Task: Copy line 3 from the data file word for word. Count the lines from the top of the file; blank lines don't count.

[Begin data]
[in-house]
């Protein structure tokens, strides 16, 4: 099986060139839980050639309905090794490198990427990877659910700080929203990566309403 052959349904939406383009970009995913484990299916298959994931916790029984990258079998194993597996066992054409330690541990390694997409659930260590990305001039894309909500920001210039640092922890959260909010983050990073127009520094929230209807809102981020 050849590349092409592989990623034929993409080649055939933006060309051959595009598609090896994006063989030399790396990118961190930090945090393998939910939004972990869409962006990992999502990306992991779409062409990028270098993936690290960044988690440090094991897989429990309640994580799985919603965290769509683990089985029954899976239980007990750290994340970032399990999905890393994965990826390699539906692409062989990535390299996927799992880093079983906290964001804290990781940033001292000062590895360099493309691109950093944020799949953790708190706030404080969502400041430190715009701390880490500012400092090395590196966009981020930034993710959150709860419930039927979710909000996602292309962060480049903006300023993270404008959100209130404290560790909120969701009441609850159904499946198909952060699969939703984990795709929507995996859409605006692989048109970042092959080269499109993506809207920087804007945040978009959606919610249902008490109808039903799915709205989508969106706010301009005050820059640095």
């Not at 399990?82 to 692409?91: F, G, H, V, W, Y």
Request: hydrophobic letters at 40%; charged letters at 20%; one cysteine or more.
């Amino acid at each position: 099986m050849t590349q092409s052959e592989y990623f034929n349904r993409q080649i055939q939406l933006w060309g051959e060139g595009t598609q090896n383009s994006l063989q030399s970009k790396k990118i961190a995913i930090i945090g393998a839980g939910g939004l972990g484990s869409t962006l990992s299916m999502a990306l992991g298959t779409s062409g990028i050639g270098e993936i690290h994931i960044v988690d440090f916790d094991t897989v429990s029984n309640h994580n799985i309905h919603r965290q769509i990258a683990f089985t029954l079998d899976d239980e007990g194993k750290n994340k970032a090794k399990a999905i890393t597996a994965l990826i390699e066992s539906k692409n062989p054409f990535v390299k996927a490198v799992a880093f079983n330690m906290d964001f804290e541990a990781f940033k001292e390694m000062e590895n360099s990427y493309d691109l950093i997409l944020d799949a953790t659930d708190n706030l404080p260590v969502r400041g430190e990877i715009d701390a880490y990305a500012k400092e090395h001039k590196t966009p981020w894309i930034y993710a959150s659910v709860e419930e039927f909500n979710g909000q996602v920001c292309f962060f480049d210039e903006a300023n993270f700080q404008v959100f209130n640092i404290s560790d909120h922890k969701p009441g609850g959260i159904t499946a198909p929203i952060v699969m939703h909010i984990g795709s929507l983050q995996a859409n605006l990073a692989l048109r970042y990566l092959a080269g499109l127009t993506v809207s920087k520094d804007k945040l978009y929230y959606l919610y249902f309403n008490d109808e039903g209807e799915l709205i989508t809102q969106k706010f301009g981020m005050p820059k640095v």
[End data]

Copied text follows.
């Not at 399990?82 to 692409?91: F, G, H, V, W, Y």